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Diasporic Musings

April 5, 2018

On Being Lost

Filed under: Uncategorized — Tags: — fatemaelbakoury @ 3:18 am

Ghazal-Sonnet on Being Lost


They didn’t like me when I spoke in class;

Our relationships were always fraught.


Their gazes told me silence was best

To them, beautiful I was not.


I searched for beauty in the wrong places

I forgot that truth is not store bought


I asked Allah to grant me the wisdom

To believe in more than what I sought.


One day, you took all of it away

Reminding me of the person I forgot:


She was kind but lost. Beauty mattered,

But never more than it really ought.


You woke her up, asking her to forget

Those boys and girls who were also caught:


Obsessed with people they too couldn’t be.

You woke me up so I wouldn’t get caught.


Trapped in a web of material dreams.

When the real dream now risked being shot.


I now dream of being closer to you

Your love, so far: reach it, I could not.


But in class, stares or not, now I speak.

It doesn’t matter if our feelings are fraught.


You gave me strength instead of beauty.

It was never about what I wanted or bought.


I wanted to combine a Western and Eastern form to represent my own diasporic being. I used the meter of the sonnet (ten syllables on each line), but stuck to the rhyme scheme and structure of the ghazal (monorhyming couplets). The union is emblematic of my experience as an immigrant Muslim woman: the daily rhythms are induced with an American experience, but the general structure is still rooted in my Egyptian and Muslim identity. My days are always punctuated by prayer, reflecting on my heritage, my responsibilities unto my ancestors.

In this poem, I wanted to take on a modern twist to the general narrative of ghazals. I was inspired by Yusef Komunyakaa’s poem on Ferguson—a deeply modern issue, but for which the incredible consistency of the ghazal renders the form perfect for articulating the tumult of what happened and continues to happen in Ferguson—as well as across this country. I also relied on the ghazals provided in The Green Sea of Heaven, especially Ghazal 21 (“O invisible one I entrust you to God/ You burned my soul and with my heart I love you.”)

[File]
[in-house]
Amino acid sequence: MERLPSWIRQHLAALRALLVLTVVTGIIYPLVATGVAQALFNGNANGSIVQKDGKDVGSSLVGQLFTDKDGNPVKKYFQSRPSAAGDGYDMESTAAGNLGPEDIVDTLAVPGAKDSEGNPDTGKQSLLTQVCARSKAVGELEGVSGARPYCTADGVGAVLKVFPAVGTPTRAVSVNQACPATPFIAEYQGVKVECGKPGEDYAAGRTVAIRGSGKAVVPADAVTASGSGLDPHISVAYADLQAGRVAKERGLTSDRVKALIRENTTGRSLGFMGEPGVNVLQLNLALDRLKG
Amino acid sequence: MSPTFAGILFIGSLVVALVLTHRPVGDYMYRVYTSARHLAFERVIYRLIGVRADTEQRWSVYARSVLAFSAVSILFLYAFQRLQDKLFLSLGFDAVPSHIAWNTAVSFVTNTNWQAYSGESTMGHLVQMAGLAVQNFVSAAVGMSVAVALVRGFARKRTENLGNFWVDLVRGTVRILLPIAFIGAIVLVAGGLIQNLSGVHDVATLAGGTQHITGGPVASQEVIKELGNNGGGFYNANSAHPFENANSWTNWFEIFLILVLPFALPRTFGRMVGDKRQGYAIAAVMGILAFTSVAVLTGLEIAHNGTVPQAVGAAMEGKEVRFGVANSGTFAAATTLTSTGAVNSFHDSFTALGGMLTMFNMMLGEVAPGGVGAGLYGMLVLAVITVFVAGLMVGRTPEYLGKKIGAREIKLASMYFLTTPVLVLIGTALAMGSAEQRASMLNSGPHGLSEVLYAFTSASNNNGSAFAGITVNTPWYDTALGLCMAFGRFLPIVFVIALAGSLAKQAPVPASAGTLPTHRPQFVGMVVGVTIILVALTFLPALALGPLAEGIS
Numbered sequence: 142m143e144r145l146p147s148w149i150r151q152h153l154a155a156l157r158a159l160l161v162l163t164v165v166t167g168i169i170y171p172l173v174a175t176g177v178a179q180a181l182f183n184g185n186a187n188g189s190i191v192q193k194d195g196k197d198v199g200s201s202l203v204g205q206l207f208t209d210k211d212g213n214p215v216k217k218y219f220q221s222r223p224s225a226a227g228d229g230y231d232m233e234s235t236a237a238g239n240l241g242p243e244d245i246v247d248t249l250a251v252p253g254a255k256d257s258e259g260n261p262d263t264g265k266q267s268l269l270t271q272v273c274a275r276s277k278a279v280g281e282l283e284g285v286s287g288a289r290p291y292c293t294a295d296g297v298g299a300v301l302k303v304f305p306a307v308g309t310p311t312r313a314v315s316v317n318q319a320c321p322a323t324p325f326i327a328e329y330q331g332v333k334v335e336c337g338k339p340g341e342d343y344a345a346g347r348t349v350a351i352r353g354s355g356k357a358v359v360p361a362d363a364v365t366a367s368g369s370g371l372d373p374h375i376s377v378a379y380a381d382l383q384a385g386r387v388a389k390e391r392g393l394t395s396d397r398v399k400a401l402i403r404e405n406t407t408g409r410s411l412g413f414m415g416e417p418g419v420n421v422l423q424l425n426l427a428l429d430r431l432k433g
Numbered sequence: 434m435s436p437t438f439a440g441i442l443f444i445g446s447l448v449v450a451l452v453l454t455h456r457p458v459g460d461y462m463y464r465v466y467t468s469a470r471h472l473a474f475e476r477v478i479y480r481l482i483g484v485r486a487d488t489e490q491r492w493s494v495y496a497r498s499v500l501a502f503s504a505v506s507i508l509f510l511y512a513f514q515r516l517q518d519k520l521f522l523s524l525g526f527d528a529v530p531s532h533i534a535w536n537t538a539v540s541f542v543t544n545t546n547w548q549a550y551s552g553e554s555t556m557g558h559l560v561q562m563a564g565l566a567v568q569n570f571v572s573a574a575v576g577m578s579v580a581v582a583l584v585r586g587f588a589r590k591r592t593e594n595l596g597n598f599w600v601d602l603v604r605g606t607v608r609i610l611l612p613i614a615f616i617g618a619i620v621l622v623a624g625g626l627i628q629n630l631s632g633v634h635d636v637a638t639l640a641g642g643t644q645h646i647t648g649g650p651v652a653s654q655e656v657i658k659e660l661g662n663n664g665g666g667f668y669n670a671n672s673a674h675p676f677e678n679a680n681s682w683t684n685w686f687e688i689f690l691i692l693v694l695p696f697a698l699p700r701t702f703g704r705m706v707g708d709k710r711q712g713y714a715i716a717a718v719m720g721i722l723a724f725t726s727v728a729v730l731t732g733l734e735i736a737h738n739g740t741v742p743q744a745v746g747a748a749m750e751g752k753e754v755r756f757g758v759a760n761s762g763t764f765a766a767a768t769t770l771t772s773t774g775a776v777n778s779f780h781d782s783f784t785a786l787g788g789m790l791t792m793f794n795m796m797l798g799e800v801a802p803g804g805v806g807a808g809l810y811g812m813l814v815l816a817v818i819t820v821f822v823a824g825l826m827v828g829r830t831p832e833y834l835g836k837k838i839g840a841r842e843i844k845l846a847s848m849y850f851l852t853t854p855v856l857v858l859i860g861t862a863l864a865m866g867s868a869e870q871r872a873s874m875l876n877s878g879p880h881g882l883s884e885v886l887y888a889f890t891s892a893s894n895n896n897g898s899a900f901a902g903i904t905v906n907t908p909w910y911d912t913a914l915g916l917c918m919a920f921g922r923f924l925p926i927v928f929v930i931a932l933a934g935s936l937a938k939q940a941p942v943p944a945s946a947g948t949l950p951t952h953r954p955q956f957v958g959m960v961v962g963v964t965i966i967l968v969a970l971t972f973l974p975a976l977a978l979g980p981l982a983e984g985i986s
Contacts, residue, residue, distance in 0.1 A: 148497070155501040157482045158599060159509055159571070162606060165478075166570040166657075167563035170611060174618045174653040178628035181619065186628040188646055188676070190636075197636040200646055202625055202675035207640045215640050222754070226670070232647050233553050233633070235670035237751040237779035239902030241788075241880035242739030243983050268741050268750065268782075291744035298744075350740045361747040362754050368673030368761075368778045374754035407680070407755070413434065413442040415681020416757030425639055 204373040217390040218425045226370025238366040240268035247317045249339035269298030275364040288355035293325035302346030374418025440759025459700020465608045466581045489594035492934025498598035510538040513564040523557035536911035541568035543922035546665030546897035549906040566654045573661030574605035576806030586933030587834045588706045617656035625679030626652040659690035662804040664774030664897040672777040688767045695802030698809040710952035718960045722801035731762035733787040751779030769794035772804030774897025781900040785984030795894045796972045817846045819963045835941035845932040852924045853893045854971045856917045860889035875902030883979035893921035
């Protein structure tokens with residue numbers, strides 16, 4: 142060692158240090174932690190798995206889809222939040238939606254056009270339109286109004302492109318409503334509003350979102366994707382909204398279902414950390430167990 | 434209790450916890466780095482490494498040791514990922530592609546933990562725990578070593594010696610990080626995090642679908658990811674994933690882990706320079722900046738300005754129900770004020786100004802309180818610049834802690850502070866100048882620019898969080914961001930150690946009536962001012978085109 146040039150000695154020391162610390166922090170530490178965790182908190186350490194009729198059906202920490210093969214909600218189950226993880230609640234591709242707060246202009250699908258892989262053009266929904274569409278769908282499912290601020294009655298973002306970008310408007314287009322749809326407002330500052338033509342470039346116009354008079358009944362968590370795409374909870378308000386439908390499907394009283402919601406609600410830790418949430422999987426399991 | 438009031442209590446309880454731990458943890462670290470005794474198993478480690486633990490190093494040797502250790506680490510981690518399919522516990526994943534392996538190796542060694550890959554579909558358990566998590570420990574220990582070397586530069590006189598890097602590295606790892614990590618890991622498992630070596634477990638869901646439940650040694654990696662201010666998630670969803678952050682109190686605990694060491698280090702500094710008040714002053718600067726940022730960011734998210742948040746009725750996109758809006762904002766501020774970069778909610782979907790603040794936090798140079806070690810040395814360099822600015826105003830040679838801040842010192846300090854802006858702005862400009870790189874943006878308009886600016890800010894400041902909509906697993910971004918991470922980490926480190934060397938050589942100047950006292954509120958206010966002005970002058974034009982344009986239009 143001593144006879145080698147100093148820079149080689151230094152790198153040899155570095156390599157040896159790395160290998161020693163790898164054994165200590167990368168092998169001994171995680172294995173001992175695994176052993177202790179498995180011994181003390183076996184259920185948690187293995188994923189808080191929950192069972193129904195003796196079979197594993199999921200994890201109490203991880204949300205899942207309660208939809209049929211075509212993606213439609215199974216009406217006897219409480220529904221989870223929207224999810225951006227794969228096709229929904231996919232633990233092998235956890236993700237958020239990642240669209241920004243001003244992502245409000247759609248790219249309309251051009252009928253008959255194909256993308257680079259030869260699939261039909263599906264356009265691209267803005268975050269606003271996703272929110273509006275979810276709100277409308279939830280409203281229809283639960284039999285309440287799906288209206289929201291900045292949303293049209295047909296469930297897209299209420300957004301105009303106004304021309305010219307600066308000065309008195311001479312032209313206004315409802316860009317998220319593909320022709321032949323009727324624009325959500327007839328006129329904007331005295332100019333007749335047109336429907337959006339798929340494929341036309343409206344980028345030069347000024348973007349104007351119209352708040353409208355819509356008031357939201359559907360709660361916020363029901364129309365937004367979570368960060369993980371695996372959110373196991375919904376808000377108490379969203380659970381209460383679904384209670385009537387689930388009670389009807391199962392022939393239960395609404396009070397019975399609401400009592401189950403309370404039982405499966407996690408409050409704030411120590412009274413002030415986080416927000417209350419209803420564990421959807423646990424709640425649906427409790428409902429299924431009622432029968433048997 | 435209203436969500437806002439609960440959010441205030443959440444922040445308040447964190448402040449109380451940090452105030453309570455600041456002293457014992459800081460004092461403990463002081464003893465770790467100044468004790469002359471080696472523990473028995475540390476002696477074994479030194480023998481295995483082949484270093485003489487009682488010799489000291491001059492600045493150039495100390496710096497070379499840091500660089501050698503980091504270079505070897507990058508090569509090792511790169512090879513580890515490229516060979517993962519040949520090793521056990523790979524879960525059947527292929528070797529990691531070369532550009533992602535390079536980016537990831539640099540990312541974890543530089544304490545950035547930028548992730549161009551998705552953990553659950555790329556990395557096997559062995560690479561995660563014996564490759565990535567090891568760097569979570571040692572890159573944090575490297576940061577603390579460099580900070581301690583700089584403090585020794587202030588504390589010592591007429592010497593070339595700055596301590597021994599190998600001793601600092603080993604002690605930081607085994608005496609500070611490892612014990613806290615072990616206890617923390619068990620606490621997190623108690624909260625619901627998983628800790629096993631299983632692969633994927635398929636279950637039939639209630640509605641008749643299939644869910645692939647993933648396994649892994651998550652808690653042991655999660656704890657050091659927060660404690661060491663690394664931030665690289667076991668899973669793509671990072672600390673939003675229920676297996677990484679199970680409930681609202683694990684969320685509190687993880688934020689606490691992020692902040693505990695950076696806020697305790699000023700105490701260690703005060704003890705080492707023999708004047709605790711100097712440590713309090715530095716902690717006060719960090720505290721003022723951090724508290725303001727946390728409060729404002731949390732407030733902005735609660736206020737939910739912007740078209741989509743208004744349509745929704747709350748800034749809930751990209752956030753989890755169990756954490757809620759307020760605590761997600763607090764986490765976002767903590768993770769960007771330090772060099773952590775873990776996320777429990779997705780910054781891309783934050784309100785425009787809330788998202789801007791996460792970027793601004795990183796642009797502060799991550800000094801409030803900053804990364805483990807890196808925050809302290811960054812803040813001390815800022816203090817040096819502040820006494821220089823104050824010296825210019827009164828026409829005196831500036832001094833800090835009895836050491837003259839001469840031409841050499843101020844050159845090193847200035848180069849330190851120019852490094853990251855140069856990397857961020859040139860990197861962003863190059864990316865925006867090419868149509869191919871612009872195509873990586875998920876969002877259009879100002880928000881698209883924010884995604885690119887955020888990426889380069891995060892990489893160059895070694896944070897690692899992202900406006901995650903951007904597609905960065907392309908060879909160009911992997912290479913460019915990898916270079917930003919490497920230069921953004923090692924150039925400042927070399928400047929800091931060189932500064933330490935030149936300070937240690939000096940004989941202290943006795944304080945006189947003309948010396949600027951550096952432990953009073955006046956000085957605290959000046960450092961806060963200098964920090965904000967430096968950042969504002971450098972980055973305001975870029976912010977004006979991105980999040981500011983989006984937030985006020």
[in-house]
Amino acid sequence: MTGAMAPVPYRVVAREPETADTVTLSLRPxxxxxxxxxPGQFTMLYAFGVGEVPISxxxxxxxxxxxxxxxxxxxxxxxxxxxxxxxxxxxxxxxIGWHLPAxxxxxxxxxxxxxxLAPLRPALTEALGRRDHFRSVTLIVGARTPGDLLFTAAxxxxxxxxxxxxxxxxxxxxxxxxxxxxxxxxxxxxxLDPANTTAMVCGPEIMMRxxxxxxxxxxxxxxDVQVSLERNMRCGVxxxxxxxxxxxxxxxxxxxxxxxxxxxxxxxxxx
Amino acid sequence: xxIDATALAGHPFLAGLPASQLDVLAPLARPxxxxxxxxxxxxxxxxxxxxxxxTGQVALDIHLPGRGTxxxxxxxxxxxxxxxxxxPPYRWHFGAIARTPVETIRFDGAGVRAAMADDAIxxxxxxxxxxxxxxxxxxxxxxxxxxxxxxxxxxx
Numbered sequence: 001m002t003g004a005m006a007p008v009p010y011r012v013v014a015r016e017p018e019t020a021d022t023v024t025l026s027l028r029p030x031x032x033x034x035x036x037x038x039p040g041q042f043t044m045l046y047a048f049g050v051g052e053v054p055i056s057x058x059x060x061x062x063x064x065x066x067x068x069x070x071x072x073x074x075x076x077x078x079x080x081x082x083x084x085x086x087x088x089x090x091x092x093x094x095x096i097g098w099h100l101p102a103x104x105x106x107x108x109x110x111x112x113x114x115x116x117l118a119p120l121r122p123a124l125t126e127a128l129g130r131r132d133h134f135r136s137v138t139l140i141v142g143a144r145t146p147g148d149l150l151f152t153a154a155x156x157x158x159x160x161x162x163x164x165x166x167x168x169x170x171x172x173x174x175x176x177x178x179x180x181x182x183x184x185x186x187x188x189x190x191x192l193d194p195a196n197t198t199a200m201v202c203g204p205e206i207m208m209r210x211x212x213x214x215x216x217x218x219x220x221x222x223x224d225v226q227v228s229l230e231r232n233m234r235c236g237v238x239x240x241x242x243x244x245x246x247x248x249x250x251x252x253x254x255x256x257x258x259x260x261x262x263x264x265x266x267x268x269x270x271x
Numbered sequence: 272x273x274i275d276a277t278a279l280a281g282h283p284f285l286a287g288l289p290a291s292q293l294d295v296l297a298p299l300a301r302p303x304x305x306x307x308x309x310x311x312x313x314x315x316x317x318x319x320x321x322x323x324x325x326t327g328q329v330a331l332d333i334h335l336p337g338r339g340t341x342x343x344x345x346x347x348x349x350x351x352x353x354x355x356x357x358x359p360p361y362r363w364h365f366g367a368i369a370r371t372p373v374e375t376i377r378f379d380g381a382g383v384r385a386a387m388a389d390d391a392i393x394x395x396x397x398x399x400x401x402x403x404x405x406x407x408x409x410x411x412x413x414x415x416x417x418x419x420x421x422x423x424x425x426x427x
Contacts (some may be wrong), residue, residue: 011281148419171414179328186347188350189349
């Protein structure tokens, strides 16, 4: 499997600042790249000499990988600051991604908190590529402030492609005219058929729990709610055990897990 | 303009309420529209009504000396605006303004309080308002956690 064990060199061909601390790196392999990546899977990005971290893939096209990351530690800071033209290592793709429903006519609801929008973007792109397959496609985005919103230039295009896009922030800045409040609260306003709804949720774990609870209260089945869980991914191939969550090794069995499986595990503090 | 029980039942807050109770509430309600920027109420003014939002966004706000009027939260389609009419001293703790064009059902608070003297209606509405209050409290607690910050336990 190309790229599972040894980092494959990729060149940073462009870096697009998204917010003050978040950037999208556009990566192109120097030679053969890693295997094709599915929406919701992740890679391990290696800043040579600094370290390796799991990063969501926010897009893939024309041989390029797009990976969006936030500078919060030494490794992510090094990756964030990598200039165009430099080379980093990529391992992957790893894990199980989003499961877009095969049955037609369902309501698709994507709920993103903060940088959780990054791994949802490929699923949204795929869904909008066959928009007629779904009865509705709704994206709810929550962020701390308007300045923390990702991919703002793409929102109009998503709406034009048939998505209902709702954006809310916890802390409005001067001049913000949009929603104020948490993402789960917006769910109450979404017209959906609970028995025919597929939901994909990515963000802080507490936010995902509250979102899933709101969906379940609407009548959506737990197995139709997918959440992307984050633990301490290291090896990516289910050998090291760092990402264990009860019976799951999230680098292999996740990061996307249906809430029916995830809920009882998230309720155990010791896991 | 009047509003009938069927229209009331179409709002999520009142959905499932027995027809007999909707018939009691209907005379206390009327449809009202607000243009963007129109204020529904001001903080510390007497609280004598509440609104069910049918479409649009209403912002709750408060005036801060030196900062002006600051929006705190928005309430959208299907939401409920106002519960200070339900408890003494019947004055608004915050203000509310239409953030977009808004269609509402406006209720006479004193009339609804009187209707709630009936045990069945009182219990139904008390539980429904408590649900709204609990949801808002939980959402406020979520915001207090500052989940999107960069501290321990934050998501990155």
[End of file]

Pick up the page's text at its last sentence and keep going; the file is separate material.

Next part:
I wanted to document what I feel is a deeply diasporic tendency: a deep desire to conform with my American peers. I felt deeply inadequate my whole life: I didn’t raise my hand at all in high school because I felt that my perspective mattered so little. A lot of this sense of inadequacy was also tied to the feeling I had that I was not beautiful. I thought that if I was beautiful, more people would respect me. I remember how my wardrobe began to change; how I invested in makeup products and a hair straightener—all in an attempt to be seen by people who were also no more than God’s creations, and who surely had their own insecurities.

When I began committing myself to prayer, to seeing Allah’s wisdom in what He presented me with, instead of what He didn’t give me, I realized that my journey was about the strength I needed in order to speak up and not any physical features that would make my words more amenable to my peers. Today I ask for that strength.

While different from the ghazals we’ve read in class, I saw my journey as a modern example of the yearning for Allah. I also wanted to be closer to God, but I wanted to nuance my journey by adding that layer of being an immigrant and how trying to fit in created an extraneous distance that I first needed to overcome before I could begin the spiritual journey toward Allah.

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